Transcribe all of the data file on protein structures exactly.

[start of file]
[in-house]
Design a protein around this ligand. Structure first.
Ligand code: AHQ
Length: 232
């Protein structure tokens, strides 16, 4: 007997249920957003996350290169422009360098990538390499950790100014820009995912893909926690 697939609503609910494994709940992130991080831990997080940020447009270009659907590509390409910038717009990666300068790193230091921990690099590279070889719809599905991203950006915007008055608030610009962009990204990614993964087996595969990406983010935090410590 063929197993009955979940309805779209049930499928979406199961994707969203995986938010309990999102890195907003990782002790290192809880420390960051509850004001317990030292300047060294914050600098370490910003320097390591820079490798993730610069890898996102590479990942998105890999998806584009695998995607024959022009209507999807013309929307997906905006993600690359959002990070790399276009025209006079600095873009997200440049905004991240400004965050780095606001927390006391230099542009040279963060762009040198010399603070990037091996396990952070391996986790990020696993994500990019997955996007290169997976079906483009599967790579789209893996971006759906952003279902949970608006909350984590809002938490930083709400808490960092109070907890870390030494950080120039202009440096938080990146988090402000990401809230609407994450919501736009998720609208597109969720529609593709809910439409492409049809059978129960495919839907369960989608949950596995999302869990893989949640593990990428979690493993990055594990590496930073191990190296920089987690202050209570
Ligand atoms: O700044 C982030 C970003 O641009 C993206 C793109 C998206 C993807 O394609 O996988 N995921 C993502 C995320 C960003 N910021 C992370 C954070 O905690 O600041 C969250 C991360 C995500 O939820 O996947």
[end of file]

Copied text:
[in-house]
Design a protein around this ligand. Structure first.
Ligand code: AHQ
Length: 232
């Protein structure tokens, strides 16, 4: 007997249920957003996350290169422009360098990538390499950790100014820009995912893909926690 697939609503609910494994709940992130991080831990997080940020447009270009659907590509390409910038717009990666300068790193230091921990690099590279070889719809599905991203950006915007008055608030610009962009990204990614993964087996595969990406983010935090410590 063929197993009955979940309805779209049930499928979406199961994707969203995986938010309990999102890195907003990782002790290192809880420390960051509850004001317990030292300047060294914050600098370490910003320097390591820079490798993730610069890898996102590479990942998105890999998806584009695998995607024959022009209507999807013309929307997906905006993600690359959002990070790399276009025209006079600095873009997200440049905004991240400004965050780095606001927390006391230099542009040279963060762009040198010399603070990037091996396990952070391996986790990020696993994500990019997955996007290169997976079906483009599967790579789209893996971006759906952003279902949970608006909350984590809002938490930083709400808490960092109070907890870390030494950080120039202009440096938080990146988090402000990401809230609407994450919501736009998720609208597109969720529609593709809910439409492409049809059978129960495919839907369960989608949950596995999302869990893989949640593990990428979690493993990055594990590496930073191990190296920089987690202050209570
Ligand atoms: O700044 C982030 C970003 O641009 C993206 C793109 C998206 C993807 O394609 O996988 N995921 C993502 C995320 C960003 N910021 C992370 C954070 O905690 O600041 C969250 C991360 C995500 O939820 O996947």